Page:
India is a land of festivals, where people from different religions engage in many colourful celebrations in different parts of the country and co-exist harmoniously. The wide variety of festivals celebrated in India is a true manifestation of its rich culture and traditions. Festivals like Pongal, Deepavali, Holi, Vijayadhasami, AyudhaPuja, Navaratri, Durga Puja, Dussehra, Ganesh Chaturthi, Bihu, Kumbamela, Onam, Miladi Nabi, Ramzan, Christmas, Buddha Poornima, Mahavir Jayanthi, Guru Nanak Jayanthi and Rakshabandhan are some of the festivals that denote the cultural diversity of India.
4. Linguistic Diversity
According to census of India 2001, India has 122 major languages and 1599 other languages. Four major Indian language families are Indo-Aryan, Dravidian, Austroasiatic and Sino Tibetian. Tamil is the oldest Dravidian language.Historically, the Portuguese, the Dutch, the British, the Danish and the French came to India for trade and their occupation of India or some parts of it has left behind a certain impact upon the culture and language of the people. The Constitution of India recognises twenty-two languages as official languages. The Government of India has declared Tamil as the first classical language in 2004. Apart from Tamil, five other Indian languages have been declared as the classical languages, by the Goverment of India.
Because the British ruled over the entire country for over three hundred years before independence in 1947, the English language gained prominence in India. In due course, English has emerged as an important language and a medium of instruction in schools and colleges. It is widely used in official communication and daily life.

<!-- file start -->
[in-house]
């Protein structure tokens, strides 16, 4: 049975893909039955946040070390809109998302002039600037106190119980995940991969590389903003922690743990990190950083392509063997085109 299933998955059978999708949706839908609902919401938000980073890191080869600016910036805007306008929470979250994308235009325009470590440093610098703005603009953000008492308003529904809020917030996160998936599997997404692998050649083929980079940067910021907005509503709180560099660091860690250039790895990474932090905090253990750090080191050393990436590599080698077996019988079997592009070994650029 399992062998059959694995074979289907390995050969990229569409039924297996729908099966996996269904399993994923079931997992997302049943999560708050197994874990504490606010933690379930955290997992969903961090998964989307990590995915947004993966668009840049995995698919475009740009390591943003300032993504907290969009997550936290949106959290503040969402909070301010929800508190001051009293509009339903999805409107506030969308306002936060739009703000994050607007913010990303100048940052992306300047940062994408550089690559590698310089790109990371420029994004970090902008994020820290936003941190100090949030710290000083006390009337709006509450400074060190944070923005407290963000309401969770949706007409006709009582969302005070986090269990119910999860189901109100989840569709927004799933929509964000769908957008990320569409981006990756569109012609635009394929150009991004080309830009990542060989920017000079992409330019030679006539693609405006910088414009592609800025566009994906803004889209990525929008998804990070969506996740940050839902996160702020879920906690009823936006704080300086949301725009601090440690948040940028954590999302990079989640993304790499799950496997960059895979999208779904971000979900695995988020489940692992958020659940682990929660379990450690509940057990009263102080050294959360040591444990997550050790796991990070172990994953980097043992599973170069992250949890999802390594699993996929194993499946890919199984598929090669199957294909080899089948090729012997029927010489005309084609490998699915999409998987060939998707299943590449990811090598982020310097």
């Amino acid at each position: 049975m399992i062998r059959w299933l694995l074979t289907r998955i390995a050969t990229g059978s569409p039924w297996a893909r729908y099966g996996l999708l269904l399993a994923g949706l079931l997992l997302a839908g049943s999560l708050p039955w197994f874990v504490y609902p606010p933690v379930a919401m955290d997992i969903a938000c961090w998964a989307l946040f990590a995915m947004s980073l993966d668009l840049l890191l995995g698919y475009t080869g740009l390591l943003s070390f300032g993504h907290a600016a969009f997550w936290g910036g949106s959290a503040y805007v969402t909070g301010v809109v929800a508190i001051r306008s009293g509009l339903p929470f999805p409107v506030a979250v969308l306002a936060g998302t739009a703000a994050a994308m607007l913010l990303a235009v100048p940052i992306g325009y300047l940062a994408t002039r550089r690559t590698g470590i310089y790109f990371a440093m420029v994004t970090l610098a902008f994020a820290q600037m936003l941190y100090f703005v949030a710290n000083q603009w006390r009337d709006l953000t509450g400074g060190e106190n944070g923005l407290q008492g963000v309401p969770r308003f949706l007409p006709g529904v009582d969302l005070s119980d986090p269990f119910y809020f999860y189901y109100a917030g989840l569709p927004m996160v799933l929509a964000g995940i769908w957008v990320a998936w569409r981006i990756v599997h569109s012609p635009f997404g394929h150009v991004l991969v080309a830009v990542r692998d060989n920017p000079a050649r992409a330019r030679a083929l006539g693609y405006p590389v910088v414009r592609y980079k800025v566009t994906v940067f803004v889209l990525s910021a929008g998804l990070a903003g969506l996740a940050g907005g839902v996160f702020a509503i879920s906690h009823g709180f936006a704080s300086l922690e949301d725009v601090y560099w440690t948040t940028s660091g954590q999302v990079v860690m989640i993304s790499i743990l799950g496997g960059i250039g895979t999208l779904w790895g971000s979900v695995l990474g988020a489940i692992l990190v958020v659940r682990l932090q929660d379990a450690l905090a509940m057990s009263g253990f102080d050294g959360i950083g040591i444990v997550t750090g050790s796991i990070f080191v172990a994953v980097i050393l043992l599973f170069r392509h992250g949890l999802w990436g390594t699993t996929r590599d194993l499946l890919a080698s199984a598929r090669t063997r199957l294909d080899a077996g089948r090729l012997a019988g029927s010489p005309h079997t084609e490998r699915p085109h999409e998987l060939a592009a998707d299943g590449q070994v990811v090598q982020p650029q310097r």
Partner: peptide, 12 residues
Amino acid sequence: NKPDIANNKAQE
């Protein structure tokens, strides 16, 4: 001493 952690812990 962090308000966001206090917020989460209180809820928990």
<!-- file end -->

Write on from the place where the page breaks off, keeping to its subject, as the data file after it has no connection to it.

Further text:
5. Cultural Diversity
The term ‘culture’ refers to customs and practices of people, their language, their dress code, cuisine, religion, social habits, music, art and architecture.
The culture of a group of people is reflected in their social behaviour and interactions. The group identity fostered by social patterns is unique to a group.
Art and architecture are an integral part of every community. It develops as a part of culture and tradition of a community. Each of the 29 states and 7 Union territories of India has rich traditions and unique ways of artistic expression.
About 60 percent ofthe total epigraphical inscriptions found by the Archaeological Survey of India (ASI) are from Tamil Nadu, and most of these are in the Tamil script.
Popular Dances of India
In ancient times, dance was considered as a way to celebrate, worship and also as a gesture of thanks giving and joy. Dances of India reflect its cultural richness.
Music and dance go hand in hand. There are several styles of music practiced in India. The Hindustani music, Karnatic music, Classical Tamil Music, Folk Music, Lavani, Ghazl are some of them. There are songs from various languages composed by blending these different forms of music.
Folk dances of India
State : Popular dance
Tamil Nadu : Karagattam, Oyillattam, Kummi, Therukoothu, Bommalattam, Puliattam, Kolattam, Thappattam
Kerala : Theyyam and Mohiniattam
Punjab : Bhangra
Jammu and Kashmir : Dumhal
Gujarat : Garba and Dandia
Rajasthan : Kalbelia and Ghoomer
Uttar Pradesh : Raaslila and Chholiya
Assam : Bihu
You have read about the diversity that exists in our country. Compare and contrast two states in this table.